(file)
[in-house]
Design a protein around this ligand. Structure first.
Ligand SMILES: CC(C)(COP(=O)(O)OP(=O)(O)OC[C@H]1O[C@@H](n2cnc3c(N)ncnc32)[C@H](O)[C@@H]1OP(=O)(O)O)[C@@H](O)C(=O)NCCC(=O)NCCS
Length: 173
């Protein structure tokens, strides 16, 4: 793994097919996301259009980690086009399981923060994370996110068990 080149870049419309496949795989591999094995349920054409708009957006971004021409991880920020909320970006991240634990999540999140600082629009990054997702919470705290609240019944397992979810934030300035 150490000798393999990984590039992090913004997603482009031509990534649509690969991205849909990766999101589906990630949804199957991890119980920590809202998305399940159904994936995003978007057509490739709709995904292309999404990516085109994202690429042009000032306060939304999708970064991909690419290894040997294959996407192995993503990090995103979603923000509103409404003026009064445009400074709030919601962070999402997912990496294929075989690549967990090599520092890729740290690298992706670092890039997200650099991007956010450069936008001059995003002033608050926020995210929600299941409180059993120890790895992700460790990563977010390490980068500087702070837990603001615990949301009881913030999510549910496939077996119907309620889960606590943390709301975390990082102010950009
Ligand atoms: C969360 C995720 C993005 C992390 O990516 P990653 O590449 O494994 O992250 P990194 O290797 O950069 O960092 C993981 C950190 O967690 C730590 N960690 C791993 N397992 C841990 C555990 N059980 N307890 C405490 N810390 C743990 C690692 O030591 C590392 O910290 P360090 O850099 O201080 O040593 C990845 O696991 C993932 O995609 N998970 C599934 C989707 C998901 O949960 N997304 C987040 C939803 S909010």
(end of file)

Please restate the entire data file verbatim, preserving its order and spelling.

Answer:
[in-house]
Design a protein around this ligand. Structure first.
Ligand SMILES: CC(C)(COP(=O)(O)OP(=O)(O)OC[C@H]1O[C@@H](n2cnc3c(N)ncnc32)[C@H](O)[C@@H]1OP(=O)(O)O)[C@@H](O)C(=O)NCCC(=O)NCCS
Length: 173
């Protein structure tokens, strides 16, 4: 793994097919996301259009980690086009399981923060994370996110068990 080149870049419309496949795989591999094995349920054409708009957006971004021409991880920020909320970006991240634990999540999140600082629009990054997702919470705290609240019944397992979810934030300035 150490000798393999990984590039992090913004997603482009031509990534649509690969991205849909990766999101589906990630949804199957991890119980920590809202998305399940159904994936995003978007057509490739709709995904292309999404990516085109994202690429042009000032306060939304999708970064991909690419290894040997294959996407192995993503990090995103979603923000509103409404003026009064445009400074709030919601962070999402997912990496294929075989690549967990090599520092890729740290690298992706670092890039997200650099991007956010450069936008001059995003002033608050926020995210929600299941409180059993120890790895992700460790990563977010390490980068500087702070837990603001615990949301009881913030999510549910496939077996119907309620889960606590943390709301975390990082102010950009
Ligand atoms: C969360 C995720 C993005 C992390 O990516 P990653 O590449 O494994 O992250 P990194 O290797 O950069 O960092 C993981 C950190 O967690 C730590 N960690 C791993 N397992 C841990 C555990 N059980 N307890 C405490 N810390 C743990 C690692 O030591 C590392 O910290 P360090 O850099 O201080 O040593 C990845 O696991 C993932 O995609 N998970 C599934 C989707 C998901 O949960 N997304 C987040 C939803 S909010």